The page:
For those of us interested in sparking global movements and getting the message out, there is an important lesson to learn here. The web offers up the best communication medium that has ever existed to date on the planet earth. Anyone can sign up for a google account and immediately, for free, have access to an office suite, a calendar solution, a place to store and save pictures, maps of the whole world and so much more. The office suite allows users to not only create text documents and spread sheets but to also share them with anyone anywhere in the world who has an internet connection. Collaberation on documents can happen real time. Users can also link documents to any publicly available web site, pulling data right out of them and into the documents, once again real time.

Much of this information is now available over phones enabled with web browsers. In the US it is difficult for us to realize how significant this is, but in much of the rest of the world many more people have cell phones than here. And they have phones with much better capabilities. Web sites can be read over phones, and web sites can generate emails and sms messages that go out to cell phone users. There are fewer and fewer places on earth where the web is not accessible. My last two trips over seas I was never away from wireless internet access for a full day. This isn’t including through my phone.

When I work with college students, they want to be on facebook daily. Multiple times per day if possible. A recent survey garnered quite a bit of attention when it was revealed that 39% of 1000 18 to 24 year olds said they would consider quitting their job if they lost access to facebook at work. Facebook is where a good portion of their social interaction takes place. It is where they organize events, find out news and basically organize their world. I had students laugh and tell me that my marriage wasn’t real because I wasn’t ‘married’ to my wife on facebook. They didn’t mean it literally, but that they would even think it says a lot to me. These are the swimmers I spoke of in the last post. They don’t even think about having these tools available. We tried playing a game with a group of them at Downtown Disney last week.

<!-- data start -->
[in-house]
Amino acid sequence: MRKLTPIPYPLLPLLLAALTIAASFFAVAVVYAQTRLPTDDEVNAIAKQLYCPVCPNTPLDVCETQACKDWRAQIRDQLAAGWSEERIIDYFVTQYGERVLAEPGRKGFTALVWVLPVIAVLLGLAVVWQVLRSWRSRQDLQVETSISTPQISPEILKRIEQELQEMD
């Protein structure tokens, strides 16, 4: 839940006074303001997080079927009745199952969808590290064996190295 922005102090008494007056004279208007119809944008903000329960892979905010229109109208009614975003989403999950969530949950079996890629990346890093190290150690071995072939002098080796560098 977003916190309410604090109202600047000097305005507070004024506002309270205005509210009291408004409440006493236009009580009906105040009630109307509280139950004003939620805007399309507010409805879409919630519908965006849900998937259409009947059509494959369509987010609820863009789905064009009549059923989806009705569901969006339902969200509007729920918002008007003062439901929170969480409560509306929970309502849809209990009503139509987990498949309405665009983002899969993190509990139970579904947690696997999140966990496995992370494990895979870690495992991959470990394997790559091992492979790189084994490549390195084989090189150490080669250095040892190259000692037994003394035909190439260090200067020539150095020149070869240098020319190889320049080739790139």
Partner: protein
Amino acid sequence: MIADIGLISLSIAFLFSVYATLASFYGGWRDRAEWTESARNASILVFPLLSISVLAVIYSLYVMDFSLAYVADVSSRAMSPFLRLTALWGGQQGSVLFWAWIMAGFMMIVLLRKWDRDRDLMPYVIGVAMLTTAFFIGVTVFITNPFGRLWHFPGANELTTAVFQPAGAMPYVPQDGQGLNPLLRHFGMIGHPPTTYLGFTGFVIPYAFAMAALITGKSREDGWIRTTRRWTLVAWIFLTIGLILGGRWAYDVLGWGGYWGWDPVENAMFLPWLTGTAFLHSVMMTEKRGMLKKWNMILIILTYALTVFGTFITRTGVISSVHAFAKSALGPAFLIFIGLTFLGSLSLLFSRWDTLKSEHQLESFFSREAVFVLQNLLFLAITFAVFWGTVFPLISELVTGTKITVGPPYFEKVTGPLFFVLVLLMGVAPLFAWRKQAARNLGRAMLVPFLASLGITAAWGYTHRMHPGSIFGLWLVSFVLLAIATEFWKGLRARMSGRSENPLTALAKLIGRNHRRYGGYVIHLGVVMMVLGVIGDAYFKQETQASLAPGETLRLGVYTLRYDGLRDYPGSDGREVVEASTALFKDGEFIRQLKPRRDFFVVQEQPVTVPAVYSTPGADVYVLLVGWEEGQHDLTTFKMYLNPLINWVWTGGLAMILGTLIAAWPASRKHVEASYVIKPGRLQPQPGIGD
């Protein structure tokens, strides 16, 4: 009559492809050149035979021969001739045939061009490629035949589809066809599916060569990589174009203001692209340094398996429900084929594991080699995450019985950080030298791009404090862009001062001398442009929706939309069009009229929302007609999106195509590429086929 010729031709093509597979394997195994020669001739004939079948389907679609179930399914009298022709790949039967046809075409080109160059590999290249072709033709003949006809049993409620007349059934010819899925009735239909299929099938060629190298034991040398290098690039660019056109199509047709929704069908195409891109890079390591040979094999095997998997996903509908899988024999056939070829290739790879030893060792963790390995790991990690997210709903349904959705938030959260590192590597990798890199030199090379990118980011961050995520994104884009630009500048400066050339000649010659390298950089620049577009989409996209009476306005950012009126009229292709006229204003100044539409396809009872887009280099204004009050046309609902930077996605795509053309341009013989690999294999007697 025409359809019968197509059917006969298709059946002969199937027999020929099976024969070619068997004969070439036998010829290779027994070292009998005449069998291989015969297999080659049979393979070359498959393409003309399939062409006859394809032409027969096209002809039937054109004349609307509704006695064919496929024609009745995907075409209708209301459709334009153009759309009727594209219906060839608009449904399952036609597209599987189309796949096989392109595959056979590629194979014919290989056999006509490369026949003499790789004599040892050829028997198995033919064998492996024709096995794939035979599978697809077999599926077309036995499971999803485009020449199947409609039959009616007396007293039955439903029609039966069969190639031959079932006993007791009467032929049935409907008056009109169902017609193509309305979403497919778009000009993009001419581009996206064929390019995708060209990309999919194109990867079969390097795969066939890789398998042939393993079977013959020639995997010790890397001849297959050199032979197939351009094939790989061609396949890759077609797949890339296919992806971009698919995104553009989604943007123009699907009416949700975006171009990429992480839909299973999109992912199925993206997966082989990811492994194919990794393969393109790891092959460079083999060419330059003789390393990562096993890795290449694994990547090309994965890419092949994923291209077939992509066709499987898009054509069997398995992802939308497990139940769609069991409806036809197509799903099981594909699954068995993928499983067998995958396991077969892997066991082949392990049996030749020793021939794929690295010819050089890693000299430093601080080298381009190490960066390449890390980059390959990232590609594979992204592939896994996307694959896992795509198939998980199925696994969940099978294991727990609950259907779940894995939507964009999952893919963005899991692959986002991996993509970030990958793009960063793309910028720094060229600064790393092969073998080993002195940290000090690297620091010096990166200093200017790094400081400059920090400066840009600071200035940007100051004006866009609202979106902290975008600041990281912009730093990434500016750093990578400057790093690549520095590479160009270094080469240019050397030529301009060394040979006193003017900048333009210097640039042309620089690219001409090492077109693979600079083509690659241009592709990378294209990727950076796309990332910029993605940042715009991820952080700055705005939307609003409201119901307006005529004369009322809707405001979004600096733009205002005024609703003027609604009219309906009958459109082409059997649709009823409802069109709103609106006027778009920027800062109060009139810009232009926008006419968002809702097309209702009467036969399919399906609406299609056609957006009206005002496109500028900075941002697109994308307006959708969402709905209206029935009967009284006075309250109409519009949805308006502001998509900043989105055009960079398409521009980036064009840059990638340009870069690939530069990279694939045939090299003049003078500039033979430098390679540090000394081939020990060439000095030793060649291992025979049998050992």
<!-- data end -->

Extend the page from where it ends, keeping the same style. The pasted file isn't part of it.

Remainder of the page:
Staff had disguised themselves and tried to hide all over the half mile or so of shops, stores and restaurants. The students were split into teams and given a list of staff to try and find. They had to be together to have the list signed. We hoped this would keep them together. The groups immediately split up. When one student found a staff member, they would text message the rest to quickly come together to get the signature. Then they would fan out again.

Hopefully these examples are sparking for you the same ideas they have given me. Imagine a network where Pastors and volunteers can connect with one another. Not just to chat, but to organize outreach and community events. People could be informed quickly of need and resources could be rapidly mobilized. As all those people joined into the system, it would be silmultaneously building a database of believers who are willing to do the work of the Kingdom. Other sites could be connecting them with people who are seeking out truth in their lives.

The world is just going to keep on getting smaller. If we don’t start catching on to this now, that generation of college students I just mentioned will get it done. They wont settle for less. So I don’t get too worried about this in some ways, but I’d rather not wait for the years to slide by as they come into their prime. I’d rather get out at the front of this coming wave of communication and consolidation. The best part is, there is a movement called Open Source Software that is going to make all of this more realistic for the Church than it has ever been before. That is the next post.